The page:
UBS chair says Swiss banking giant is not ‘too big to fail’

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UBS chair says Swiss banking giant is not ‘too big to fail’

Fabrice Coffrini | Afp | Getty Images

UBS Group Chairman Colm Kelleher on Wednesday said that the Swiss bank is “not too big to fail,” as he criticized Swiss government proposals to strengthen its capital requirements.

Kelleher was delivering a speech during the UBS Annual General Meeting — the first such gathering held since the bank completed the takeover of its former rival Credit Suisse last summer.

“UBS is not too big to fail. UBS is one of the best capitalized banks in Europe, with a sustainable business model and a corresponding low-risk balance sheet,” Kelleher said.

He added that the bank was “seriously concerned” about current discussions around additional capital requirements, which he argued would curb Switzerland’s competitiveness as a financial center and increase European regulatory fragmentation.

Kelleher said the example of Credit Suisse, which collapsed in March 2023 after years of scandals and risk management failures, showed there “can be no regulatory solution for a broken business model.”

“It was not too low capital requirements that forced Credit Suisse into the historic weekend rescue,” Kelleher told the AGM.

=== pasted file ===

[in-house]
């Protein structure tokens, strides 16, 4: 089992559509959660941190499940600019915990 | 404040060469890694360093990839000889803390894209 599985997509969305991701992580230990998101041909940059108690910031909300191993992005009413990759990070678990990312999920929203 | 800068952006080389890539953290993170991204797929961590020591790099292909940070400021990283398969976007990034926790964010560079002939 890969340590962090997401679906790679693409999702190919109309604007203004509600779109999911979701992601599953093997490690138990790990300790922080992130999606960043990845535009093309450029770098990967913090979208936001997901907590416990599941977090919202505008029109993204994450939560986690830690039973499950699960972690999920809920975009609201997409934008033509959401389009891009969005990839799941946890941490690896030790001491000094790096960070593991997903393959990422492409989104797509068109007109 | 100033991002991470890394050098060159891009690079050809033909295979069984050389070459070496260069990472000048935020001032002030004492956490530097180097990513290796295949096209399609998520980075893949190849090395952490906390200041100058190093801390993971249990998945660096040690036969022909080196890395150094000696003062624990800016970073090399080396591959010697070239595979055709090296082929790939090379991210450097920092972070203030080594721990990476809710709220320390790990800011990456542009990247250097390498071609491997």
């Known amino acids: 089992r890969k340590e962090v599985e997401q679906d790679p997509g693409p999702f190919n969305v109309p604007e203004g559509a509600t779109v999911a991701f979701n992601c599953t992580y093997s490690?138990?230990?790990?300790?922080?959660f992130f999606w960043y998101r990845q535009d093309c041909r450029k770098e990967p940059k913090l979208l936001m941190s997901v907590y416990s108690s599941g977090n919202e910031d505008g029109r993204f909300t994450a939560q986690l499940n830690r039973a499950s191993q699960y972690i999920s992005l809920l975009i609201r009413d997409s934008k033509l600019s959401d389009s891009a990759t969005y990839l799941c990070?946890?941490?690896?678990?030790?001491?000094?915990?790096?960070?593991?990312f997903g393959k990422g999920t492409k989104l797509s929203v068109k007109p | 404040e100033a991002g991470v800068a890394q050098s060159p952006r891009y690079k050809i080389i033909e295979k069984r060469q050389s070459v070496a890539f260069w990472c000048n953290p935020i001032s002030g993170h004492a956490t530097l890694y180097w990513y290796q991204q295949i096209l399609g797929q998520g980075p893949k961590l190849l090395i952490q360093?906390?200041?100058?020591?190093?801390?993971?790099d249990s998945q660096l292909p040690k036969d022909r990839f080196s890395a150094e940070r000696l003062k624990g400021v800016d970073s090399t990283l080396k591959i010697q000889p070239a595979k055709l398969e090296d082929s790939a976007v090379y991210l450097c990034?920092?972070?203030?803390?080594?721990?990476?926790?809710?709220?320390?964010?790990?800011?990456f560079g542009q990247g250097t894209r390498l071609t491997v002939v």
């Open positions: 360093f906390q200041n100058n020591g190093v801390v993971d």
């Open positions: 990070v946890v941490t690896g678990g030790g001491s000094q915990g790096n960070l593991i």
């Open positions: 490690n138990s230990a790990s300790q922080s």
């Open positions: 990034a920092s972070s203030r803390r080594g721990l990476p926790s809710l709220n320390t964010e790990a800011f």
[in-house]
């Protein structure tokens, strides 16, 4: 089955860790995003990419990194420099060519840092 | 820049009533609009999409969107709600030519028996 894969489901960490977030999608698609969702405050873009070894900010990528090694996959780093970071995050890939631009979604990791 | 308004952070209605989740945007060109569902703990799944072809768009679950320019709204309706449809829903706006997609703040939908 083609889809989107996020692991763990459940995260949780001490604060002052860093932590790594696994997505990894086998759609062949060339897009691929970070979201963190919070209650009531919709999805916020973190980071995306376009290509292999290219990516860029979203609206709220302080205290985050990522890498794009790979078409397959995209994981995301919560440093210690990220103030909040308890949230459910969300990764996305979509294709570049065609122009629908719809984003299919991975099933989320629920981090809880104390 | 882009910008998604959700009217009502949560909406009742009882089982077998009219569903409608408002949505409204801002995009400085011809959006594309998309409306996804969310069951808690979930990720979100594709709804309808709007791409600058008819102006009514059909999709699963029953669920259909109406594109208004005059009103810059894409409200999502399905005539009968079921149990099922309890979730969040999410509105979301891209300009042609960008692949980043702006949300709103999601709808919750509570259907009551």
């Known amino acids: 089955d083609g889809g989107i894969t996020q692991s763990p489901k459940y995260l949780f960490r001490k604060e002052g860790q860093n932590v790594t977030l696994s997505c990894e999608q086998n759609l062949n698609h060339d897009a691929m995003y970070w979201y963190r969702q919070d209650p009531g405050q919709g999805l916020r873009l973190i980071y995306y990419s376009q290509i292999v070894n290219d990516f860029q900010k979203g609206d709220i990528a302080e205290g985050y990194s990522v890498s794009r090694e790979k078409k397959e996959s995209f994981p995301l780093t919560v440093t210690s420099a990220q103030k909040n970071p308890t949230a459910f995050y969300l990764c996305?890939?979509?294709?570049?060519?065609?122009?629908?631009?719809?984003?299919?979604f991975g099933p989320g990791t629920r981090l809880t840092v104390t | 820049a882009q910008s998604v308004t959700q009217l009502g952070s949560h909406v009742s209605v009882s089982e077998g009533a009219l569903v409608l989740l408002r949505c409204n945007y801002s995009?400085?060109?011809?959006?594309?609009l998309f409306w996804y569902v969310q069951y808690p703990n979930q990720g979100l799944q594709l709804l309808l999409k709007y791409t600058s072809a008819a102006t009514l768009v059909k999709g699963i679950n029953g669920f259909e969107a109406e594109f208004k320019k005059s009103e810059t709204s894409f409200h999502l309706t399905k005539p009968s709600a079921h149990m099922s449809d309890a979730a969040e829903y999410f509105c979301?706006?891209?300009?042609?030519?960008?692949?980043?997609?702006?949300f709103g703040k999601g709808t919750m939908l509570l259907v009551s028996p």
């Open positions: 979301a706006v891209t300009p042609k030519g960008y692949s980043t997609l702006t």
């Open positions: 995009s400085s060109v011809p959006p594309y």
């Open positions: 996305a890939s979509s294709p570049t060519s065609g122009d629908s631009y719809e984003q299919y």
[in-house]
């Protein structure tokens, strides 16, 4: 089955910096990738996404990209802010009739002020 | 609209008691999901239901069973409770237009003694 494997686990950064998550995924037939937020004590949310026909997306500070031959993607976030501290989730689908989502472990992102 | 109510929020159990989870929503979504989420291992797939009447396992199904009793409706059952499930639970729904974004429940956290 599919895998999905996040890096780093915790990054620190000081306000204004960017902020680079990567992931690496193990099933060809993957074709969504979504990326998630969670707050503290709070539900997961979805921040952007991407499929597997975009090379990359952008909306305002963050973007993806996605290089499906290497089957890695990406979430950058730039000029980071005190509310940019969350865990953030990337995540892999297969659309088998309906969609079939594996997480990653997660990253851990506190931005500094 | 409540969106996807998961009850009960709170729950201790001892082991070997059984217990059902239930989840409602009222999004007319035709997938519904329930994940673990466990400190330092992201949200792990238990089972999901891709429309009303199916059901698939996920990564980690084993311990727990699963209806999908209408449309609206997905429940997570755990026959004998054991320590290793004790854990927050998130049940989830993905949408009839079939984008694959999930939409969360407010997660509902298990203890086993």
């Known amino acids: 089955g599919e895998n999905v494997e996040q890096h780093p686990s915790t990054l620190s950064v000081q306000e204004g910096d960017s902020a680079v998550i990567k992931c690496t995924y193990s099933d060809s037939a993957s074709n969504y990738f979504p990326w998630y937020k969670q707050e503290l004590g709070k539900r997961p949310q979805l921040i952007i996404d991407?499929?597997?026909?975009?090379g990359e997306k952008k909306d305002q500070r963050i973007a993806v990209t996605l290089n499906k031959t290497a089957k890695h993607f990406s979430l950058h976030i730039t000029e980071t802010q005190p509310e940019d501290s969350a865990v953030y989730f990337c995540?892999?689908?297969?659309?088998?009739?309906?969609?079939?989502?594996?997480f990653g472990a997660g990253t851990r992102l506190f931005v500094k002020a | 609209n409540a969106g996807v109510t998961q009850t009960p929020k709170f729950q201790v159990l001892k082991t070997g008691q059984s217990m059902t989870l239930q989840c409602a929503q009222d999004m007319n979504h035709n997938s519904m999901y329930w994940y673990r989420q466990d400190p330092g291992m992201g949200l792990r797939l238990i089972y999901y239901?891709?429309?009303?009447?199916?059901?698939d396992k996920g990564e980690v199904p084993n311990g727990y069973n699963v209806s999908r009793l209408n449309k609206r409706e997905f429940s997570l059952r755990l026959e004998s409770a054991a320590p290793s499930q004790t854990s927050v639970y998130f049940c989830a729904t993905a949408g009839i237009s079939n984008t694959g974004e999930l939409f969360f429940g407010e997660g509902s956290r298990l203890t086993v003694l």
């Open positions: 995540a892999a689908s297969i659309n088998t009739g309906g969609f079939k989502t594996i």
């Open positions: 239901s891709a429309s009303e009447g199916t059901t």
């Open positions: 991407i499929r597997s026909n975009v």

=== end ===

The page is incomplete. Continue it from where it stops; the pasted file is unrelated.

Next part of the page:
He noted that capital requirements for “global systemically important banks” had become much stronger since the 2007-08 financial crisis, saying that effective loss-absorbing capacity worldwide was now around 20 times stronger, with UBS’s own at over $200 billion.

The Swiss government earlier this month made a range of recommendations aimed at protecting the wider economy from potential instability at UBS and three other major banks.

While it did not specify exactly what such stricter capital requirements would entail, the Swiss administration said that they should be “tightened in a targeted way” and singled out UBS as requiring a “substantial” increase.

The proposals target banks judged “too big to fail” — a term that rose in usage following the financial crisis to describe institutions that were too systemically important to national economies for governments to allow them to collapse. This de facto state backstop was widely criticized for enabling risk-taking behavior and mismanagement.

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